Wales politics

Brexit Supreme Court appeal will hear Welsh views

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The Welsh and Scottish governments will be involved in the court case over how Brexit should be triggered.

The Supreme Court will hear an appeal by the UK government against a High Court ruling that Theresa May must consult Parliament over the process.

Counsel General Mick Antoniw welcomed news of the permission to intervene.

He said it was not about whether the UK leaves the EU, but to "reinforce the importance of Parliamentary sovereignty and the rule of law".

The UK government claims that the prime minister can invoke Article 50 of the Lisbon Treaty to launch the formal two-year process of leaving the European Union using crown prerogative.

But Welsh and Scottish ministers have objected, claiming the same method could be used to undermine devolution unless the appeal fails.

"This case raises issues of profound importance not only in relation to the concept of Parliamentary Sovereignty but also in relation to the wider constitutional arrangements of the United Kingdom and the legal framework for devolution," said Mr Antoniw, AM for Pontypridd and the Welsh Government's senior legal adviser.

"This case is not about whether the UK leaves the EU or not," he added.

"The people have voted for the UK to leave the EU, and the UK will leave.

"The sole legal question at issue is whether the UK government can, as a matter of constitutional law, use the prerogative powers to give notice of withdrawal from the European Union.

"In the Supreme Court, the Welsh Government will seek to reinforce the importance of Parliamentary sovereignty and the rule of law: core, established principles of British constitutional law."

Vaughan Roderick, Welsh Affairs Editor

At the original hearing, lawyers for the Welsh and Scottish governments had been allowed a watching brief but today they've been given permission to take part.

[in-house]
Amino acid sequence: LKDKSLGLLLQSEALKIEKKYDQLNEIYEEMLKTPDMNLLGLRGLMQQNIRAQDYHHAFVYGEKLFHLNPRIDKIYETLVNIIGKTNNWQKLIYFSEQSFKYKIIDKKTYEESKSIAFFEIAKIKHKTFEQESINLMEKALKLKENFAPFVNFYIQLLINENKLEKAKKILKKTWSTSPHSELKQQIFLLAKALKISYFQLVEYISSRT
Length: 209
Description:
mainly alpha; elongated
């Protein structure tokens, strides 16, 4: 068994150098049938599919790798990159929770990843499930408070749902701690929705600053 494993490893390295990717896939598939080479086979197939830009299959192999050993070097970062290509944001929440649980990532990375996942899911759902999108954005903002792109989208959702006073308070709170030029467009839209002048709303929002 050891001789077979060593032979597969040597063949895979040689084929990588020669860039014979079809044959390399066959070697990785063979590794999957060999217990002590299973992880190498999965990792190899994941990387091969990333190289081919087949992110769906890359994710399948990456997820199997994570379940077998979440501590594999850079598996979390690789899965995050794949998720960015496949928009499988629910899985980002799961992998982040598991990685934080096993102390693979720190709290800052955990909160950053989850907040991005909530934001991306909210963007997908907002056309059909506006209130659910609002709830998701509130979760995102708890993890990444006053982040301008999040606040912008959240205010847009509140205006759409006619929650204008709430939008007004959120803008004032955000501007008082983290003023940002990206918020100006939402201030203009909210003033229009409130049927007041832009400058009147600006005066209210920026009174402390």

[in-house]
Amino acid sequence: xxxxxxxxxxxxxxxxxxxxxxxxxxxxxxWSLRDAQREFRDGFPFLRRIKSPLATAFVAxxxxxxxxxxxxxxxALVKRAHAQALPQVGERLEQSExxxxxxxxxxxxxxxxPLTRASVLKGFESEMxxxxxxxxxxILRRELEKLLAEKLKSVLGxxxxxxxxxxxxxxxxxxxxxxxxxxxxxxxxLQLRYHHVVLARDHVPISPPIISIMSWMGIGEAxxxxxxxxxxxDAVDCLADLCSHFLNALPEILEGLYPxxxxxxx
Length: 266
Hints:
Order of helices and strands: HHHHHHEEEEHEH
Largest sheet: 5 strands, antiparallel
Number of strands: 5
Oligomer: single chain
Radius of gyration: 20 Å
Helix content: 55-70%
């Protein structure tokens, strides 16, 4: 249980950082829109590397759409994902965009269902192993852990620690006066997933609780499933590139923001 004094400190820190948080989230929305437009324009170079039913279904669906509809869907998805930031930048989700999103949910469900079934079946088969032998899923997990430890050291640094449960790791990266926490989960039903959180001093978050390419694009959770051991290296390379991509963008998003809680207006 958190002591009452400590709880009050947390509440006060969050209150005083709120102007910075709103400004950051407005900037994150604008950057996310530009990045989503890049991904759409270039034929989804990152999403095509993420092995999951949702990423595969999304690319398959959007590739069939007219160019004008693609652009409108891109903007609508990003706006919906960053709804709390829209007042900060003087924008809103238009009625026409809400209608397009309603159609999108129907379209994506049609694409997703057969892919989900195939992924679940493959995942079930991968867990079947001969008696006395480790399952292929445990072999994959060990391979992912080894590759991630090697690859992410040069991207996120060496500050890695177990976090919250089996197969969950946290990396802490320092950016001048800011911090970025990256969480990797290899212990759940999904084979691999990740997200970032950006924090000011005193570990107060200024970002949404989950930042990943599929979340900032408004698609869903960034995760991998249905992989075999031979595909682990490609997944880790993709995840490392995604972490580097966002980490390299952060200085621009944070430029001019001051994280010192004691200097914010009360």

They will have the opportunity to put before the court their concerns and they won't necessarily be the same issues.

For me, the real surprise today would have been if the Supreme Court had said to the Welsh and Scottish governments "no, you can't take part".

It would have been pretty unthinkable for the Supreme Court when considering probably the important constitutional issue to affect the UK in the last 100 years to refuse to hear the views of two of the United Kingdom's governments.

Neil Hamilton, the leader of UKIP in Wales, said it was "fair enough" for the devolved administrations to have their say in court, but he believed too much legal "mumbo-jumbo" was getting in the way of Brexit.

"The people of the UK and Wales have voted for Brexit. No ifs, no buts. What is the point of another vote in the House of Commons?" he asked.

"The Supreme Court should give effect to the decision of the British people".

Welsh Conservative leader Andrew RT Davies said: "What's important is that the UK government is allowed to trigger Article 50 by the end of March, so that we can begin the process of negotiating our withdrawal from the EU.

"I think that most people just want the prime minister's team to get on with the job now, whatever side of the debate they were on during the campaign."

Plaid Cymru's external affairs spokesman Steffan Lewis welcomed the development, saying: "Wales' voice must be heard as crucial decisions are taken over our country's future."

The Supreme Court is expected to start its deliberations on 5 December. The case will take about four days with a ruling in the new year.

Mr Antoniw will not take part himself but will be represented by leading counsel Richard Gordon QC and junior counsel Tom Pascoe.

A spokesperson for the UK government said: "It is a matter for the Supreme Court which applications to intervene are accepted.

"The UK government's position remains the same, and we will be taking strong legal arguments to court next month."

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